In a legally required letter to Speaker Paul Ryan on April 18, Secretary of State Rex Tillerson confirmed that Iran is in compliance with the terms of the Joint Comprehensive Plan of Action (JCPOA).
The next day, he told reporters that the deal represented a “failed approach” that will not prevent a nuclear-armed Iran. One might be tempted to attack such doublespeak as indicative of the administration’s general tendency to say one thing and do another. Yet on this count, Tillerson is correct. Iran is in compliance with the JCPOA, but the JCPOA isn’t working. Why?
In short, because compliance is not enough. The agreement resulted in Iran receiving significant sanctions relief in exchange for accepting a range of restrictions on its nuclear program. Were these restrictions permanent, Iranian willingness to adhere to them might be sufficient. However, many of the key restrictions expire in a number of years—six in the case of ballistic-missile development, eight in the case of Iran’s overall enrichment capability and thirteen in the case of a prohibition on enriching uranium to weapons-grade level. Accordingly, the benchmark for success must be set higher. The JCPOA can only be said to be working if progress is being made on the broader goal of discouraging Tehran from returning to enrichment when the restrictions on its program cease to be mandatory.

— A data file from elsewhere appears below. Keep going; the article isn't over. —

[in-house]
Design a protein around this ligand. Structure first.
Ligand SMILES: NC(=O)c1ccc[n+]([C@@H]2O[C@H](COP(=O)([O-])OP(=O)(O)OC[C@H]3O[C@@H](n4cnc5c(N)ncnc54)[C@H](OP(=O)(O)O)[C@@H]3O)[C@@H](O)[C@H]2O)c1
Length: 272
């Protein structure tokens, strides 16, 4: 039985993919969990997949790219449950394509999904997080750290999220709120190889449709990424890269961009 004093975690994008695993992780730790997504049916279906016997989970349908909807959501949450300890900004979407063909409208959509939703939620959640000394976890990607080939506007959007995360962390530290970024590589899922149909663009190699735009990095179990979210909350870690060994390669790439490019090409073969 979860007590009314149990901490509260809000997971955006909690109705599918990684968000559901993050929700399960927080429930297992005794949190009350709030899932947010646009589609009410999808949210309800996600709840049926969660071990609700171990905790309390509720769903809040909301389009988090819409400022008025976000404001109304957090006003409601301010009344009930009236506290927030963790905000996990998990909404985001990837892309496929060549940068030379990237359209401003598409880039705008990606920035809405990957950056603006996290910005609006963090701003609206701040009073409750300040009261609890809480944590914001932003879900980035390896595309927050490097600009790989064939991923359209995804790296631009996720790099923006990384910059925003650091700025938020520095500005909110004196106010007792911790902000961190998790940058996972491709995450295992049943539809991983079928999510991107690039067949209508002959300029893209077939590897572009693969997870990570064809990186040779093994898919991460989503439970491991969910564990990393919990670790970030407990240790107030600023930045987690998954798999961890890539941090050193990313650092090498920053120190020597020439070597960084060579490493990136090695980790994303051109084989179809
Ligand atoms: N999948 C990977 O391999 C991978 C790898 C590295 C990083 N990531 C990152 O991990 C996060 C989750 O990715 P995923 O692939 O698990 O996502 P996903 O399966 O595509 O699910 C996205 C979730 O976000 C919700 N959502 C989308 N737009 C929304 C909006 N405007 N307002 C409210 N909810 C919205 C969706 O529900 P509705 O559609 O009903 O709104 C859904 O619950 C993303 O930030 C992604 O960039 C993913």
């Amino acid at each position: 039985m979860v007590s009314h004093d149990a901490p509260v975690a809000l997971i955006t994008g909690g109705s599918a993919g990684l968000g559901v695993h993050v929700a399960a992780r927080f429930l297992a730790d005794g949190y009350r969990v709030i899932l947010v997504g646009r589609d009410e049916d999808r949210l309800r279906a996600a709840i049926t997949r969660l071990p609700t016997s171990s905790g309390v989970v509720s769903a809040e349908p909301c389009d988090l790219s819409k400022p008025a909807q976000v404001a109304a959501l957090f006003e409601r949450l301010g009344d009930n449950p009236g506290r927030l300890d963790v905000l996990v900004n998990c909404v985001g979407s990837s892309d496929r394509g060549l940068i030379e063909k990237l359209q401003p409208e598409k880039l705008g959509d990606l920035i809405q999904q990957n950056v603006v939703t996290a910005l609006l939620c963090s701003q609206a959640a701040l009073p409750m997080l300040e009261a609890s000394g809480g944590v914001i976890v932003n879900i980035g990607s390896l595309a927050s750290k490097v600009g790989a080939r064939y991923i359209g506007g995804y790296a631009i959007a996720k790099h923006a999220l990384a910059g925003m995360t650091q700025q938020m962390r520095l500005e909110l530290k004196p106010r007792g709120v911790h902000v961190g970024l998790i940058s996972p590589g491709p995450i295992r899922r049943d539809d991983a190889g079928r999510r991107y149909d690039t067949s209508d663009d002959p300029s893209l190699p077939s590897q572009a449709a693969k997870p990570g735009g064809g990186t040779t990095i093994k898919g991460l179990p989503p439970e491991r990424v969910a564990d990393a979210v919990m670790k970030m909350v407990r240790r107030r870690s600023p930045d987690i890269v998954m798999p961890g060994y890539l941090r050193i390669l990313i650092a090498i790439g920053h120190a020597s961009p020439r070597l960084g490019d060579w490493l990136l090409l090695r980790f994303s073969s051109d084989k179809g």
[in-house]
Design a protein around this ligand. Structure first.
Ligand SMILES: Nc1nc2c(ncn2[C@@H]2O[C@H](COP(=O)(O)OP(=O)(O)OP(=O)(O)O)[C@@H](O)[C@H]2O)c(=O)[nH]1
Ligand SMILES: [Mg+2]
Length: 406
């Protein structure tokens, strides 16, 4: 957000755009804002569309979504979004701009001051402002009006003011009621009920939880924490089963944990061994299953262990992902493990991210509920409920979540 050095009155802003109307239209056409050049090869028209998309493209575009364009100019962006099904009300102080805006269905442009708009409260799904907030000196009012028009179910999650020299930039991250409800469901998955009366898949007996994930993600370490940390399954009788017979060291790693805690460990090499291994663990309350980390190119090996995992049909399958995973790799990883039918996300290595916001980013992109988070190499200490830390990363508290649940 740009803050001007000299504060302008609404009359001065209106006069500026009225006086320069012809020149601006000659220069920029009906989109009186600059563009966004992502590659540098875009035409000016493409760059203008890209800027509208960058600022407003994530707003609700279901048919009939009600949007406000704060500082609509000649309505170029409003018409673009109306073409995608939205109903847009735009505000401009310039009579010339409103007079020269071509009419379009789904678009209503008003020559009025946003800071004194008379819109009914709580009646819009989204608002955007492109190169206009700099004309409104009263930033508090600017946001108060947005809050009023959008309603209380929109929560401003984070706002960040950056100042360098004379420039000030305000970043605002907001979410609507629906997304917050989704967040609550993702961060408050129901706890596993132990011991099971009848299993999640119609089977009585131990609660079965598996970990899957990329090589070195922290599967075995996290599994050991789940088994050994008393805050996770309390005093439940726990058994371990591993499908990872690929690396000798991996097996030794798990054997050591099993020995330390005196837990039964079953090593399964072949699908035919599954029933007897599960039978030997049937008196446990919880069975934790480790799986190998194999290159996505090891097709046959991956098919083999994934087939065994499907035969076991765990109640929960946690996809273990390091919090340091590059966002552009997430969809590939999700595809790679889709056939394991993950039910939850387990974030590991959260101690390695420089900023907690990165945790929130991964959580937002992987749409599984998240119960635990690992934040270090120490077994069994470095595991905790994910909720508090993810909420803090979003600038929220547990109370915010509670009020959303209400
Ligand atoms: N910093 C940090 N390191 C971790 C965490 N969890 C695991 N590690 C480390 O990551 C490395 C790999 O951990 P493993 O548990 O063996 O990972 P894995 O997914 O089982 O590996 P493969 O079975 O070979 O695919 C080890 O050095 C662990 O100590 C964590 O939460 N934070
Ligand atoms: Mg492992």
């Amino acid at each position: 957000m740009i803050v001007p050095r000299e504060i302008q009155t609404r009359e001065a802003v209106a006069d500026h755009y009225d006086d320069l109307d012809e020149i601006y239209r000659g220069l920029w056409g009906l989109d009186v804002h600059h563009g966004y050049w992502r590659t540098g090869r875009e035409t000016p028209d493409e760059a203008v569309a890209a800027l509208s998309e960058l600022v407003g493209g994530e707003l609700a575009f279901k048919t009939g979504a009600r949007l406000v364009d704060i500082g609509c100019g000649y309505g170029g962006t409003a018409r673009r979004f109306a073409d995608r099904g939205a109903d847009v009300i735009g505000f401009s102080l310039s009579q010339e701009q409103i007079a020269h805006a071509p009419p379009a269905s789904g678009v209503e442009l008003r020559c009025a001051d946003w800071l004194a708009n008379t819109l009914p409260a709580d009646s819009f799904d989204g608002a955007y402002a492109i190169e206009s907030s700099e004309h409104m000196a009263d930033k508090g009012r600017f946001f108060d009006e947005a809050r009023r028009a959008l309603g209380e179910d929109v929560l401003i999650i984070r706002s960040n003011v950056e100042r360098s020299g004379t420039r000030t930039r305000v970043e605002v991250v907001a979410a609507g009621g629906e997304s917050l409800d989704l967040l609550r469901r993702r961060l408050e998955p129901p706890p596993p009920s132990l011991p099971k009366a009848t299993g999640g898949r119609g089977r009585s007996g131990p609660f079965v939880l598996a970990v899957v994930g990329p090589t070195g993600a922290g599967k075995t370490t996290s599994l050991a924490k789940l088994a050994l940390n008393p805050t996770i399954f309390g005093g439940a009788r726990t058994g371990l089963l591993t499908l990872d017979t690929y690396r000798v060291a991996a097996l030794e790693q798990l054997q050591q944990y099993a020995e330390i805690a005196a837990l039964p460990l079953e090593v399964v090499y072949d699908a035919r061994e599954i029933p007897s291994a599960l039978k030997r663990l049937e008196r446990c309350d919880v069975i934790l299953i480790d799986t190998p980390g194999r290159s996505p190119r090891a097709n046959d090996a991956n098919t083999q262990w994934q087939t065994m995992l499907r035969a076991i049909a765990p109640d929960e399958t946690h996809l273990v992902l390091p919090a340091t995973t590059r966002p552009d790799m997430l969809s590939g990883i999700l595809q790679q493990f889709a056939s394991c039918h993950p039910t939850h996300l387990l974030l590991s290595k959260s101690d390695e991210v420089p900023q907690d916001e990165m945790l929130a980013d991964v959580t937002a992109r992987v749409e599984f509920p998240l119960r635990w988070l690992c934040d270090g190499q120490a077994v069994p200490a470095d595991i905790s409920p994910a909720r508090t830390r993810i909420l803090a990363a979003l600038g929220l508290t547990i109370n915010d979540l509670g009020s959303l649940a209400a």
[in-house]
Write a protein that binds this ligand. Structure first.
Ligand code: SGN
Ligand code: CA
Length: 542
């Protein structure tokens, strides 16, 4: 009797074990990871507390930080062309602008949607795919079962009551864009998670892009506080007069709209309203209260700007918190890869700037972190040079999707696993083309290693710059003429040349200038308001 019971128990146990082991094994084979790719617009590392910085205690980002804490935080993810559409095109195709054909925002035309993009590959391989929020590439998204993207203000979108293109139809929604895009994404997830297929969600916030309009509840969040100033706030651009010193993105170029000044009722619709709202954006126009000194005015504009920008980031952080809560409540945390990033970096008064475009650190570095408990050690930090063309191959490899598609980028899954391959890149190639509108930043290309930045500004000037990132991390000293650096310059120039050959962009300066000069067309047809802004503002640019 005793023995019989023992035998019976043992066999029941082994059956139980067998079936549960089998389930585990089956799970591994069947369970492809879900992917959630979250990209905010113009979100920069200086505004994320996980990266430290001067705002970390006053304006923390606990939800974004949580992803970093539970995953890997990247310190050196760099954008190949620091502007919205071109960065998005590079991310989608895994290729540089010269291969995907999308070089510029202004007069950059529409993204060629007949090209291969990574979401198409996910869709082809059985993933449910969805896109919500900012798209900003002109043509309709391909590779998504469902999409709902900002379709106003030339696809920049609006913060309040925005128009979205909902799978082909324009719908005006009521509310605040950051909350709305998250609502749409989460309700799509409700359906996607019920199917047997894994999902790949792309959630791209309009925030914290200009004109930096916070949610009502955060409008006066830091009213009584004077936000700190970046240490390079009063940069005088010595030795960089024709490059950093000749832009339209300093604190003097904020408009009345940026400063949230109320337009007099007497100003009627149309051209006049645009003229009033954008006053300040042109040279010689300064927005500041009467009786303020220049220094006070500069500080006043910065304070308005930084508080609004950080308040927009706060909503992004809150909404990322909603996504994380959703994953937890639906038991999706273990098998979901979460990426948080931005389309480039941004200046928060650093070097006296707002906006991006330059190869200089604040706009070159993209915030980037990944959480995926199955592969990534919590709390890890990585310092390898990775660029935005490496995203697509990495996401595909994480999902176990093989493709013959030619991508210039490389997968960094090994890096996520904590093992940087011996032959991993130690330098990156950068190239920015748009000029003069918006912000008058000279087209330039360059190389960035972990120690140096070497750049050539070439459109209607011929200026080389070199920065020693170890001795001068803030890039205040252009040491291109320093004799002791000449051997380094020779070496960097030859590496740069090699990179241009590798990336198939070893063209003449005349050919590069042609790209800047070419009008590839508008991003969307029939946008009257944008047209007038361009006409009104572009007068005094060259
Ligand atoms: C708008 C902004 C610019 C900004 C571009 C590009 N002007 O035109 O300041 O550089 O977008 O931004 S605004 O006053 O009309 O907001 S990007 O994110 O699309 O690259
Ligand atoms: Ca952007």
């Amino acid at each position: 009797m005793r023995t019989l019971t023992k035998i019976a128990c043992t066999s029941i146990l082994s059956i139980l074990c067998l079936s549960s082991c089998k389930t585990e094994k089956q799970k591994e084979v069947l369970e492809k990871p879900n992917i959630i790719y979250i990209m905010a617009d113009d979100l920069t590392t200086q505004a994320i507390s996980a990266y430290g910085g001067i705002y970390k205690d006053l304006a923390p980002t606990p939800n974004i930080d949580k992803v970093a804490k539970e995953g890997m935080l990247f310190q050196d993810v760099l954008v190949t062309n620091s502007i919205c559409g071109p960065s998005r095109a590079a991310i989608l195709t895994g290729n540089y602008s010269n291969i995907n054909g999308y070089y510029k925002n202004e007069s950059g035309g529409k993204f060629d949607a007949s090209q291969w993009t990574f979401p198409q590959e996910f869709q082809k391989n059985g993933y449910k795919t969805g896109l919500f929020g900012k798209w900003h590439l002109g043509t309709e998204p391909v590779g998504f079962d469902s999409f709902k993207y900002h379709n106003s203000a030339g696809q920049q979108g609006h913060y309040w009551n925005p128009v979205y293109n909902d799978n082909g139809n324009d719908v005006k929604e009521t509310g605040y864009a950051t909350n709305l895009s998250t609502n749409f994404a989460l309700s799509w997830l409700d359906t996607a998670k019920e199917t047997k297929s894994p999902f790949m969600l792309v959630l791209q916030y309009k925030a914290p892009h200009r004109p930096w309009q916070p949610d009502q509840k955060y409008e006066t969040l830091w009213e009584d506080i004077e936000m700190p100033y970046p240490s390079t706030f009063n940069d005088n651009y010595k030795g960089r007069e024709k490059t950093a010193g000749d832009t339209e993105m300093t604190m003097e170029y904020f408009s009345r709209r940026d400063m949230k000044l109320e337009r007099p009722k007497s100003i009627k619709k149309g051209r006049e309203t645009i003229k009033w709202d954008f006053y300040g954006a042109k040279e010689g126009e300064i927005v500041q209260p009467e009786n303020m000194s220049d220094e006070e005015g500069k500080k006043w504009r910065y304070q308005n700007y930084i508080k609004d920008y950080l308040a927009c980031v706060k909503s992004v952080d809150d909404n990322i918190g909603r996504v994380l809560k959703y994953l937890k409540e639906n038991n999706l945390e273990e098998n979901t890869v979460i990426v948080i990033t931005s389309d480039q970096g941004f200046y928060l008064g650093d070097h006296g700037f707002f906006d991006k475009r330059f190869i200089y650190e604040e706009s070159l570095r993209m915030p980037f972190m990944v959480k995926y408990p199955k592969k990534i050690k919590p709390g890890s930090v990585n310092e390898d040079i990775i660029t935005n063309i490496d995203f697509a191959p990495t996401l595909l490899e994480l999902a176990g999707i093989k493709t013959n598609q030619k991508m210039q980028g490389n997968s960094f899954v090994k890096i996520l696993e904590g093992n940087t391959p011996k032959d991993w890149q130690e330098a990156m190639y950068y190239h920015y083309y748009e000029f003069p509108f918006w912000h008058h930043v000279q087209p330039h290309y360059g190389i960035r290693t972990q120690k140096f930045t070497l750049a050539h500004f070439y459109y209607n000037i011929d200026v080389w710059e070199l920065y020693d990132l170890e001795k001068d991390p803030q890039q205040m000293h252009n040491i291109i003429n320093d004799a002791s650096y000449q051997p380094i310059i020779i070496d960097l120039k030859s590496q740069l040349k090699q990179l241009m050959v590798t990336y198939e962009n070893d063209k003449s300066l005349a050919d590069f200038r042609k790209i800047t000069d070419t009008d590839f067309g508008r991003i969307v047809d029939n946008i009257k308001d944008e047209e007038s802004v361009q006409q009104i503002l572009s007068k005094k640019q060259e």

Read the full article at The National Interest.